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Machinery Row

The Machinery Row development site along the Root River is shown in a 2016 photo. Some state and local officials are worried that the city is going to lose out on tax credits for the proposed redevelopment project.

RACINE — Fewer than two weeks before the end of the “due diligence” process between the city and Gorman & Co. on the Machinery Row project, Mayor John Dickert is deeply concerned about the project’s future.

“Right now, we’re kind of fighting for our lives with this project,” Dickert said.

Machinery Row is the name of a riverfront redevelopment plan, announced in mid-2014, that called for renovating two massive former J.I. Case Co. buildings from the early 1900s, at 820 and 900 Water St. On Dec. 16, the city declared previous developer Rodney Blackwell and FDP MR LLC. in default on a $4.5 million loan.

In February, city Development Director Amy Connolly introduced Ted Matkom, the Wisconsin market president for Gorman & Co., to aldermen and announced that Gorman is hoping to step in as the project’s new developer. But since then, a crucial part of the project’s funding — $9 million in historic tax credits granted to the city in April 2014 with the condition of the work getting done — has possibly gone up in smoke.

“When we gave those tax credits for Machinery Row, we maxed the state allowable amount just for that project, which means that nobody got any money for that entire year,” said State Rep. Tom Weatherston, R-Caledonia. “We gave it all to Racine and then the whole project fell apart.”

Extension sought

Dickert said the city is asking for a six-month extension for the credits, which would keep them allocated through the end of 2018. But he said Republicans in the state Legislature are not only uninterested in granting the extension, but want to take away the credits entirely.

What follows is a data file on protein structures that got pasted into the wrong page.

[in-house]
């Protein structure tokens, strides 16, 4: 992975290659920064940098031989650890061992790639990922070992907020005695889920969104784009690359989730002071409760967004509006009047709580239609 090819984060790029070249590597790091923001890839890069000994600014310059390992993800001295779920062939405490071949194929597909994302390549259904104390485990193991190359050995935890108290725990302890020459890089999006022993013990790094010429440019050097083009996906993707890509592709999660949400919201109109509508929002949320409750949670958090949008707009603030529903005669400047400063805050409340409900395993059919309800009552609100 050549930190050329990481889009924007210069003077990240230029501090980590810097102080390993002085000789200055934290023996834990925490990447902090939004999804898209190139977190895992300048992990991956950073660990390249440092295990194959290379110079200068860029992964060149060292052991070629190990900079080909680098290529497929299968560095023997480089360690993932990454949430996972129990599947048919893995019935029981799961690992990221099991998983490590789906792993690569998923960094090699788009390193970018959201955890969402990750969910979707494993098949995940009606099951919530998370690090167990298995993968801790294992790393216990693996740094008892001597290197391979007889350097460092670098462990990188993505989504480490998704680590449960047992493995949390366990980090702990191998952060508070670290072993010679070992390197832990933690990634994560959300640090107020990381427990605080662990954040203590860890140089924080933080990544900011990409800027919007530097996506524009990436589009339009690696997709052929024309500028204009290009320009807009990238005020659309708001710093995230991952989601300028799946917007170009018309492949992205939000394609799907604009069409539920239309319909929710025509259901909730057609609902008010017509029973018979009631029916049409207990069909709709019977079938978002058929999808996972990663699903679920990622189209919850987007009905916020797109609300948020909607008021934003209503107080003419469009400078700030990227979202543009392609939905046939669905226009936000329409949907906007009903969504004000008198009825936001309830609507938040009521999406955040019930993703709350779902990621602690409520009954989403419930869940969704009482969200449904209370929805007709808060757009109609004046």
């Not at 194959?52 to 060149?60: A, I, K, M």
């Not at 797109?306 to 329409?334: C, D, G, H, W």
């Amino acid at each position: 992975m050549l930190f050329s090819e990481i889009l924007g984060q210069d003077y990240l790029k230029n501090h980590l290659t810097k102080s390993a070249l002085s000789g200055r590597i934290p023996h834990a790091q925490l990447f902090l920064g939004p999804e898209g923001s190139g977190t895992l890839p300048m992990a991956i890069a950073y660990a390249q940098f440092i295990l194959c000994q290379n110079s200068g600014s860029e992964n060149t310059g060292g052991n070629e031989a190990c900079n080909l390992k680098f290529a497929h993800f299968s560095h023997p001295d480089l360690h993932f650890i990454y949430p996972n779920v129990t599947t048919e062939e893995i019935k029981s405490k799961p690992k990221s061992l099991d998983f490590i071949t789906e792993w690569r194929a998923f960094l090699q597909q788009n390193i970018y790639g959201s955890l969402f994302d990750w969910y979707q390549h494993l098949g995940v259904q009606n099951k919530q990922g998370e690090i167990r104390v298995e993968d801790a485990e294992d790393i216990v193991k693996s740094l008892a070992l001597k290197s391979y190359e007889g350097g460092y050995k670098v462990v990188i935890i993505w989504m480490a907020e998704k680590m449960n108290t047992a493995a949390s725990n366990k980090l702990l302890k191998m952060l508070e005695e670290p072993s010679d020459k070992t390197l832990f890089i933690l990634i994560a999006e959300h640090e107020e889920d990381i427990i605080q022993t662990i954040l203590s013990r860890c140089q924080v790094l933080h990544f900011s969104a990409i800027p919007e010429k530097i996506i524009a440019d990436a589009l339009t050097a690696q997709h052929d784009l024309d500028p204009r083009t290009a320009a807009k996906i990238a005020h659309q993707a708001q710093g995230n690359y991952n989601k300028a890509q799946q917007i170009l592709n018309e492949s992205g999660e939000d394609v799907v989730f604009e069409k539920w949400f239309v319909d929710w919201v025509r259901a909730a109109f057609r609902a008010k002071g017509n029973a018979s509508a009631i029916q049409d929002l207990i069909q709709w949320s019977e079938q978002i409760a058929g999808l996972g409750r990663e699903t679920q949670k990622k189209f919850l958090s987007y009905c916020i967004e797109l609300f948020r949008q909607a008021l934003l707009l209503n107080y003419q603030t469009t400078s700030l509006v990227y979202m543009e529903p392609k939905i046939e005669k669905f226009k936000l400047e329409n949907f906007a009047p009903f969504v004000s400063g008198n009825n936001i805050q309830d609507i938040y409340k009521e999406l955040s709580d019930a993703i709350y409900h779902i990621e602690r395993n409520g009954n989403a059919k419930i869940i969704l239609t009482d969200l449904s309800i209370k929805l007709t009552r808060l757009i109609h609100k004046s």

“We’re seeing opposition from the Republican Party to extending the credits, even with a developer like a Ted Matkom and Gorman, which to us is very surprising,” he said. “I mean, if you came in and said, ‘this is Bob from South Carolina,’ I could see it. But this is Gorman.”

Gorman, based in Oregon, Wis., has completed three developments in Racine, the Belle Harbor Loft Apartments, 134 Main St., The Harbor at State and Main, and the Mitchell Wagon Factory Lofts, 815 8th St. It also has projects throughout the state.

While Weatherston didn’t know specifically what opposition Dickert was referring to, he said he finds it difficult to imagine that local representatives could convince the Legislature to approve the extension. He also said he doesn’t foresee the credits lasting through the end of the budget process this June.

“Right now they have them until the budget process is done, but then you’ll likely see a redistribution of those credits unless the City of Racine makes a very good case between now and then,” he said.


Matkom said that Gorman is examining its financing sources with regards to Machinery Row. He called the tax credits “a major source” and said they were “still up in the air” because of the budget process.

He also removed any doubt that Gorman will try to take on the project.

“We are committed to the project no matter what at this stage,” Matkom said.

Dickert said Gorman has been lobbying in Madison to try to keep the credits alive.

“They like the project,” Dickert said. “They think it can happen. We think it can happen. But they can’t go anywhere without the $9 million. That blows the whole thing up.”

Weatherston didn’t like the project’s long-term prospects.

“I wouldn’t be surprised if they lost all those credits,” he said. "In my personal opinion, the project is collapsed. I haven’t heard a really good plan from (Dickert) or anyone else on how to revive that plan.”

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